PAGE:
I use Windows 7 as my laptop host OS and this limits me from using Hyper-V natively to handle VM guests.   Yes, I could do the dual-boot thing, but I haven’t done it yet and I do like the simplicity of not having to switch host OS contexts.  Windows 8 will, thankfully, be adding Hyper-V hosting support to the client, but in the meantime I’ve been using VirtualBox for my guest OS needs.

Jonathan Kehayias blogged about it extensively in his “Building a Completely Free Playground” series – and once I moved to SQLskills I felt less skittish about running a product that happened to have the big “O” word listed prominently on the application toolbar header.

I actually use VirtualBox for a variety of purposes – not just for SQL Server test environments. For example, if I need to connect to an environment that has conflicting (or unique) remote connectivity requirements, rather than risk clobbering my host VPN settings, I provision a clean, isolated guest environment that I use for connectivity and configuration instead.

Sometimes I’ll have a group of servers that I want to launch at the same time or I’ll want to put a group of them in a saved state at the same time (for example – when running a guest Failover Cluster).  In one case I have six different guests that I want to save or start at (nearly) the same time and I don’t like having to right-click save on each one – especially since my guests will quickly think something is wrong and when I bring them back from a saved state, it takes a few seconds to get them de-frazzled.

By the way – I’m using these scripts for test environments.  These are test environments that if I lost them, I’d be annoyed – but not devastated. 

Rather than rely on the GUI, I created a BAT file to save the guests in a batch:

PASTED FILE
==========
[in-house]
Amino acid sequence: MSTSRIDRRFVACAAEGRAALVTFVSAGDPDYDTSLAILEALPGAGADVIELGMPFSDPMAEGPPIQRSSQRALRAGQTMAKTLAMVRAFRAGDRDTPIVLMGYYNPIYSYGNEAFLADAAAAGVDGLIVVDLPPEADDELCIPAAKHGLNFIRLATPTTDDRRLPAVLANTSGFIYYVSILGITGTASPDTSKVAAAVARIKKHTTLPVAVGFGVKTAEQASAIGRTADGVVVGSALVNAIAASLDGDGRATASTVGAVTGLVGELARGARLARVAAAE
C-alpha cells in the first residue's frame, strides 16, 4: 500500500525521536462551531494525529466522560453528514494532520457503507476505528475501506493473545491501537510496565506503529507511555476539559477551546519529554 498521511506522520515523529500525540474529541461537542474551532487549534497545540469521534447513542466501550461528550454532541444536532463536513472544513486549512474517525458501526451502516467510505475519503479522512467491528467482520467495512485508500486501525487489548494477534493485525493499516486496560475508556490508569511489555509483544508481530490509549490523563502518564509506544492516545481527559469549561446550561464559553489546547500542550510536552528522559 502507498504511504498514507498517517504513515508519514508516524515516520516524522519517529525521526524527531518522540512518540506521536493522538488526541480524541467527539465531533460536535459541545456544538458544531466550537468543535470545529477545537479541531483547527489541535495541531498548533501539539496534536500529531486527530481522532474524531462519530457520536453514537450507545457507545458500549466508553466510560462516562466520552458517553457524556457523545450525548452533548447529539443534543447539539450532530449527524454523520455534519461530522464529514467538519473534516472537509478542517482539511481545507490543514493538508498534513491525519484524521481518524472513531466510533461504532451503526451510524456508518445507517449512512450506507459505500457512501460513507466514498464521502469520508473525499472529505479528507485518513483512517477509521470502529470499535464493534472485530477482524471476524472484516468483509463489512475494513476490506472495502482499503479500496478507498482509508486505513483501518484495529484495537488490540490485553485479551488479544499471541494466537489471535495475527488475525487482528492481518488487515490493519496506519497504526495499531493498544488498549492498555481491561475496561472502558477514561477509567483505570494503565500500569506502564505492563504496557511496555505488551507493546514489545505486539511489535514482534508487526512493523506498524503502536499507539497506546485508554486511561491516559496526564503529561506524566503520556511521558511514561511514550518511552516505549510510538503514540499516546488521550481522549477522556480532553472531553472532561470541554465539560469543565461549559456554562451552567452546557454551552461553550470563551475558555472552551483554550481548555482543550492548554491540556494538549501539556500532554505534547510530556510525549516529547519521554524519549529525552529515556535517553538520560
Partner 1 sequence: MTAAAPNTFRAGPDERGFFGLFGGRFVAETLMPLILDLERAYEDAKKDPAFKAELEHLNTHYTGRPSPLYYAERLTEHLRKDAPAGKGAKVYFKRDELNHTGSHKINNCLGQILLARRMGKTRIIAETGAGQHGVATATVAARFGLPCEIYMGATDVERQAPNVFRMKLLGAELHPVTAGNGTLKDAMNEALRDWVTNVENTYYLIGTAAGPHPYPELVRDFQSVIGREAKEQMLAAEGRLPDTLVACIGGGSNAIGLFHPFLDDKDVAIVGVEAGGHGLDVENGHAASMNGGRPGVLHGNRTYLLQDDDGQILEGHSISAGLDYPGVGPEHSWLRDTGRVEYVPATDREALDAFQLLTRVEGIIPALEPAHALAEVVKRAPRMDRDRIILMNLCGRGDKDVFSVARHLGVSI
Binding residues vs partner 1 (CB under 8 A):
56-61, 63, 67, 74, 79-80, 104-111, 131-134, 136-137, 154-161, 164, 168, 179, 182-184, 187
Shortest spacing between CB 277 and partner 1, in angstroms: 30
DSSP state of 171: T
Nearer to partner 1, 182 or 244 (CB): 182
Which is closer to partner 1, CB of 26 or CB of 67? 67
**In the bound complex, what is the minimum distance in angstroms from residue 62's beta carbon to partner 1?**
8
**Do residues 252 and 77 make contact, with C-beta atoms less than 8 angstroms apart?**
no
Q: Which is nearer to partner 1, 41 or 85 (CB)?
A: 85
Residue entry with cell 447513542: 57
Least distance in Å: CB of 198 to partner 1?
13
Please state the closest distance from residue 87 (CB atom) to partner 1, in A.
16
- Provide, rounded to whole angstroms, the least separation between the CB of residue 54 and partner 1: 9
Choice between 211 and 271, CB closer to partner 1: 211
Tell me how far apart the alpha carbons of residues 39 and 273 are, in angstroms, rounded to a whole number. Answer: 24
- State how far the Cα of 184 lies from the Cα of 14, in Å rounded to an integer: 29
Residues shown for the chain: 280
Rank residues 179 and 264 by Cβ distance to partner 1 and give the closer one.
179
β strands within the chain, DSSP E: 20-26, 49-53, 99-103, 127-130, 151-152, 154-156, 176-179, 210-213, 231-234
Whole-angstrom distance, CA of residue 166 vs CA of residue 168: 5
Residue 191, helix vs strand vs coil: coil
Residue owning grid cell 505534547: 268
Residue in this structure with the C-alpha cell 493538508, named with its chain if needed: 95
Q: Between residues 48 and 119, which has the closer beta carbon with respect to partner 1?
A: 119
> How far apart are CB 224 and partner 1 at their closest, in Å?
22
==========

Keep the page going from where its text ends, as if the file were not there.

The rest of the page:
cd /D "C:\Program Files\Oracle\VirtualBox\"

START /b VBoxManage.exe  controlvm "Node4_D2"  savestate

START /b VBoxManage.exe  controlvm "Node3_D2"  savestate

START /b VBoxManage.exe  controlvm "Node2_D1"  savestate

START /b VBoxManage.exe  controlvm "Node1_D1"  savestate

START /b VBoxManage.exe  controlvm "SAN_D1" savestate

START /b VBoxManage.exe  controlvm "Node_DC"  savestate

I use the START option so that I’m not waiting for the save operation in a serial fashion.  I use the “/b” so that six windows don’t pop up.  As for the Virtualbox command syntax – it’s pretty straightforward – I call VBoxManage.exe with controlvm followed by the name of the VM and the option to save it (savestate).

As for starting them up from the saved state, I do stagger things a bit.  I use startvm instead of controlvm, followed by the VM name and I don’t use the START keyword for anything I want to ensure is executed in order (I also use the TIMEOUT option to wait a few seconds before launching other VMs):

cd /D "C:\Program Files\Oracle\VirtualBox\"

VBoxManage.exe startvm "Node_DC" 

VBoxManage.exe startvm "SAN_D1"

TIMEOUT 10

START /b VBoxManage.exe startvm "Node1_D1" 

START /b VBoxManage.exe startvm "Node2_D1" 

START /b VBoxManage.exe startvm "Node3_D2" 

START /b VBoxManage.exe startvm "Node4_D2"

Even with these scripts I wouldn’t call this an orderly and synchronized save and start.  A Windows guest cluster may sometimes catch on to something being amiss – but often it does not.  Sometimes I’ll have to wait a few seconds for the nodes to start talking to each other again.

Anyhow – if you also use VirtualBox and have any tips you’d like to share when it comes to coordinating the guest launches, please post here as I’m definitely curious to learn about them.